Y/N is a weekly music guide based on our very scientific, non-subjective Yes/No rating system. It’s very serious.
Y!!!: The new video from British punk band Savages is unreal, a full immersion into noir direction with a song that emanates from the gut. Singer Jehnny Beth demands you look directly into her eyes as she belts, torch-style, “I adore life,” beseeching us all to contemplate the philosophical underpinnings of that assertion and make a silent pact with her to live vehemently while we can. Adore Life, incidentally, is the title of their forthcoming album (out January 22 on Matador) and I personally am looking forward to locking myself in a dark room alone and listening to it on full blast. They are so important.
OK: “Used to Love You” is an aight number on the scale of Gwen Stefani jams, maybe a six if “Luxurious” is a 10. (It’s okay, Gwen, we don’t find Gavin all that inspiring, either.) The official remix by MAIZE gives it a little protein booster, some synths to juice it for a dancefloor, somewhere.
Y: This dropped before the holidays, so allow us to play catch-up: Chris Lee, aka huge Chinese pop star Li Yuchun, collaborated with London’s PC Music crew on a bubbly little club jam and dropped her amid a gossamer landscape of funhouse mirrors. The result is a semi-precious gem mined from the deepest crevices of the internet, but it’s not so internet that you won’t want to listen to it 34 times.
Oui: Brandy’s first jam in four years reminds us all what it really means to fuckin sang, as she drops scale runs so handily they resonate on a cellular level; try and restrain your chills. Now we all just gotta find a juke joint where we can play this at 3 AM.
Si: Grime heads, Rinse FM regulars and beat freaks been knowing that British producer/DJ/singer Cooly G is a force to be reckoned with, but if this is your first foray into her material, this collection of unreleased jams is a fine place to start. Get It Pt 1 shows her breadth as a musician as she navigates the wavier spaces between pulsating grime and spacious house. If you are unable to get busy to this in the club, you can still clean your apartment to it.
*Sniff* Yes *Weeps*: “True Colors” is an almost mean cover to take on—when don’t you wanna cry when you hear it—but Marina and the Diamonds is careful enough with your emotions that it sounds like a hug through your tears.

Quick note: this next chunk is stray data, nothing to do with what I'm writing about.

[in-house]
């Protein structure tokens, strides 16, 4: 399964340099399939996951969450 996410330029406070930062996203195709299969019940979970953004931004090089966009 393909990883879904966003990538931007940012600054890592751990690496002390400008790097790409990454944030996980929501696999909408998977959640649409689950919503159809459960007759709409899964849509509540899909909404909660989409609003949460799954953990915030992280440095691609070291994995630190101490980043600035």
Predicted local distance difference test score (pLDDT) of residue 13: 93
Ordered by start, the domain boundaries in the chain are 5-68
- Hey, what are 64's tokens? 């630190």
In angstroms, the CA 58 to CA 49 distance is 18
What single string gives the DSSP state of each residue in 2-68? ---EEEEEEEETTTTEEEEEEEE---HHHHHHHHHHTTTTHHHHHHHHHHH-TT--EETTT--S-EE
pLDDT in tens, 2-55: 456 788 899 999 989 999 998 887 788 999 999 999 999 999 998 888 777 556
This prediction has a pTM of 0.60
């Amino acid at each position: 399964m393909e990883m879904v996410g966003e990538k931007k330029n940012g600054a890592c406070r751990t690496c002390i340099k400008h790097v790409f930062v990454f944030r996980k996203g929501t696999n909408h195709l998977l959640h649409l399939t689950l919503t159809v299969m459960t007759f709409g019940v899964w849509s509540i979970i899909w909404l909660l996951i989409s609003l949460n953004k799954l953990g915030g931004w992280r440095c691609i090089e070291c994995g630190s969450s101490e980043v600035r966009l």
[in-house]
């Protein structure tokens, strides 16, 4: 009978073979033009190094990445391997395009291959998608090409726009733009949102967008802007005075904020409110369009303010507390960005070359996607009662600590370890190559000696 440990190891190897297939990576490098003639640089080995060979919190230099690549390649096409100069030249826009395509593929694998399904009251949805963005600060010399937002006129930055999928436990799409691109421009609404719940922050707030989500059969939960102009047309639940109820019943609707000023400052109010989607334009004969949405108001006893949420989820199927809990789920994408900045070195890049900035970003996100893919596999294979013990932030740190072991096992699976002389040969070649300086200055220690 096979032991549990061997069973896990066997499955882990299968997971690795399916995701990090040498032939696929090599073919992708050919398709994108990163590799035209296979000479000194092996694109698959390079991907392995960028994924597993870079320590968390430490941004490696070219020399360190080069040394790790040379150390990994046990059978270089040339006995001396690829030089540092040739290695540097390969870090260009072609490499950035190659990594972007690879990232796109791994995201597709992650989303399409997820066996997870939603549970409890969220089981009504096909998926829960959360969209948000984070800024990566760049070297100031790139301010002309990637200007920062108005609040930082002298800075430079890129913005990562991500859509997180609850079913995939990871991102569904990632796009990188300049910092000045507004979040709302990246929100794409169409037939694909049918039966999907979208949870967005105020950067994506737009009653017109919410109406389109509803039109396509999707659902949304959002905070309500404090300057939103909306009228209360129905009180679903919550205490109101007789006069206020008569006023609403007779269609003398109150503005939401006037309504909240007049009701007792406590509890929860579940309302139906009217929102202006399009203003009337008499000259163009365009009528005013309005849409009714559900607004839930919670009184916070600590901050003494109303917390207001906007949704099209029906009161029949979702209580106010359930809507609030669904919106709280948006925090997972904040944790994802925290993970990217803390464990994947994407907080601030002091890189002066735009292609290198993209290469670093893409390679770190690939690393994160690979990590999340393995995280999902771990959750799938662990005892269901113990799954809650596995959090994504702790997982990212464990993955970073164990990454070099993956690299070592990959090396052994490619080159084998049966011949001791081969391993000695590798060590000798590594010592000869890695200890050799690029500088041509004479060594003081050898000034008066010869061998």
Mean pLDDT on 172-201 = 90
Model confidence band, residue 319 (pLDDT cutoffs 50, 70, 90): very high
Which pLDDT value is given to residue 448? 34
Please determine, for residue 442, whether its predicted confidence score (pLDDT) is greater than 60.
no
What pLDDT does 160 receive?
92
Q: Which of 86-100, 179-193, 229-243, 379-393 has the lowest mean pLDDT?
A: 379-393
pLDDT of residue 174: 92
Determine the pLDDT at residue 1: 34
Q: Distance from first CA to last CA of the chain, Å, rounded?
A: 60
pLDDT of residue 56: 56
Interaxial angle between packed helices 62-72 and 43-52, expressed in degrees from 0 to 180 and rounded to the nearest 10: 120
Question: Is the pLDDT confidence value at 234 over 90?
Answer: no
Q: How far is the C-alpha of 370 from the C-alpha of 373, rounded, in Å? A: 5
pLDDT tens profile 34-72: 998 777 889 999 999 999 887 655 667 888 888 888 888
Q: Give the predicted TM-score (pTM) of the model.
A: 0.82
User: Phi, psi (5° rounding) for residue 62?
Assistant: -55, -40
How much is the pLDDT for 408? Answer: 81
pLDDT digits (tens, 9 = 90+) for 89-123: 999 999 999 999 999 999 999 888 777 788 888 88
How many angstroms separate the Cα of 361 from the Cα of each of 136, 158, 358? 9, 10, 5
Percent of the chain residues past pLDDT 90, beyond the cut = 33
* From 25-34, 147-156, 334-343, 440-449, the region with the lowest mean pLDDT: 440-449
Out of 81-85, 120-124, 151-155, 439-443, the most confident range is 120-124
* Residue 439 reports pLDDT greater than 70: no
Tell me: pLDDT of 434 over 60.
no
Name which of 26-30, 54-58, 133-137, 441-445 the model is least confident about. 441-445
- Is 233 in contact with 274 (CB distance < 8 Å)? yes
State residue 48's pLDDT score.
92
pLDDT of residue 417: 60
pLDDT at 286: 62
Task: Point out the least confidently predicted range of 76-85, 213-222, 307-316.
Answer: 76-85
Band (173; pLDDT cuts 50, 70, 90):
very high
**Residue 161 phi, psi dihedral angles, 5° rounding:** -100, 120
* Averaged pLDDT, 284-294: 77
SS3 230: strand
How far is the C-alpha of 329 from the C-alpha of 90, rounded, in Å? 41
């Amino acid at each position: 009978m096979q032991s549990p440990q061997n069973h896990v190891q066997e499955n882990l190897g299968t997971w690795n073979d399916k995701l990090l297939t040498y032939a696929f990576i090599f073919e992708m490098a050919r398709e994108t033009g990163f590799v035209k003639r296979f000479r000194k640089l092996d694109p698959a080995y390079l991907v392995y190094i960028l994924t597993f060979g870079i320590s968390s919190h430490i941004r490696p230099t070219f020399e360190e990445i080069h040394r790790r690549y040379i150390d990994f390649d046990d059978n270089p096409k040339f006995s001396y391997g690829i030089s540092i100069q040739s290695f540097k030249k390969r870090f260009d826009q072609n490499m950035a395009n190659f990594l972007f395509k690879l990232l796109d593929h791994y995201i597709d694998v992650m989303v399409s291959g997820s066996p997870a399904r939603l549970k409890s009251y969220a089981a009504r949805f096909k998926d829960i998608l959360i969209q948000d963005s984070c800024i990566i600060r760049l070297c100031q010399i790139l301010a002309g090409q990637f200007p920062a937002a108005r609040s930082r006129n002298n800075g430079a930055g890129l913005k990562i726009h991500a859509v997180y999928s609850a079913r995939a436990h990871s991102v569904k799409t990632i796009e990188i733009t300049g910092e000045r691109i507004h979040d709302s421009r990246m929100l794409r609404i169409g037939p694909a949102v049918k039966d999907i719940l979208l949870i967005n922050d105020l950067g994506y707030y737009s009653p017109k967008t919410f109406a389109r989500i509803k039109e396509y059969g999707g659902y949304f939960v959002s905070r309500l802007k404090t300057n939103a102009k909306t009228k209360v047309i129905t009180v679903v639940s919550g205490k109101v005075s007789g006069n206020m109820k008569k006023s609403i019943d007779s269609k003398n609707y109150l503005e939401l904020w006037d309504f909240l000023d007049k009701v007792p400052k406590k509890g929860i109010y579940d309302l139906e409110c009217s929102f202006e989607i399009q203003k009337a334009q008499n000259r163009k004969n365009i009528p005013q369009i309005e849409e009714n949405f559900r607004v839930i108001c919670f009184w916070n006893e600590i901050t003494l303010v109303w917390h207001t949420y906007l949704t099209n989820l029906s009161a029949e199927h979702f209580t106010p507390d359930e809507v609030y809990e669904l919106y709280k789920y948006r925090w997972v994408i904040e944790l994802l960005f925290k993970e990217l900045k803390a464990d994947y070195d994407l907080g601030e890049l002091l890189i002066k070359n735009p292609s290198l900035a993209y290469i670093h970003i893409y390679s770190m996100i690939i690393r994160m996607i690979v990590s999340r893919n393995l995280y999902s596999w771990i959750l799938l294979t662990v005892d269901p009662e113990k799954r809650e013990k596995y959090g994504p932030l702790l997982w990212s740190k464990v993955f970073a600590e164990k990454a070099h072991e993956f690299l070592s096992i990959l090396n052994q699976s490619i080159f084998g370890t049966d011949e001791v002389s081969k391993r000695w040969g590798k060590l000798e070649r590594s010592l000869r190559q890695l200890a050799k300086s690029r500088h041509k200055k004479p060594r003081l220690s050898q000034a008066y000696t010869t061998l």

YUSSSS: London grime youf Nadia Rose murks this street single, exhibiting probably the most important qualities in a grime MC: personality, precision, humor, creativity, and a cutting grasp of the way syllables interplay with the frozen grip of the beats. “My old man said I wouldn’t amount to nuffin’,” she says, “but fuck it, look at all the shit I’ve become?” Yes, girl.
I wanna send this song to my shrink: New York pop duo Chairlift keeps dropping jams on the lead-up to their new album, Moth (out January 22), but this one’s a little tonally different among the weirdo pop hits they’ve previously released. It’s interesting to hear singer Caroline Polachek drop a pretty straightforward midtempo ballad in the tradition of Rhye, whose Robin Hannibal, incidentally, helped out on production. “Crying in Public” is such a quintessentially New York sentiment (cause like, who hasn’t), but they tamped down the drama here, letting it exist on its own terms. Listen to it in tandem with....
...this new track by Wet, whose emotional love resonance lands on about the same barometric data as the Chairlift guy, and both of which are definitely going to land in some indie romantic comedy by 2017, no doubt. Wet’s album also drops this month—it’s called Don’t You, and it’s out the 29th.
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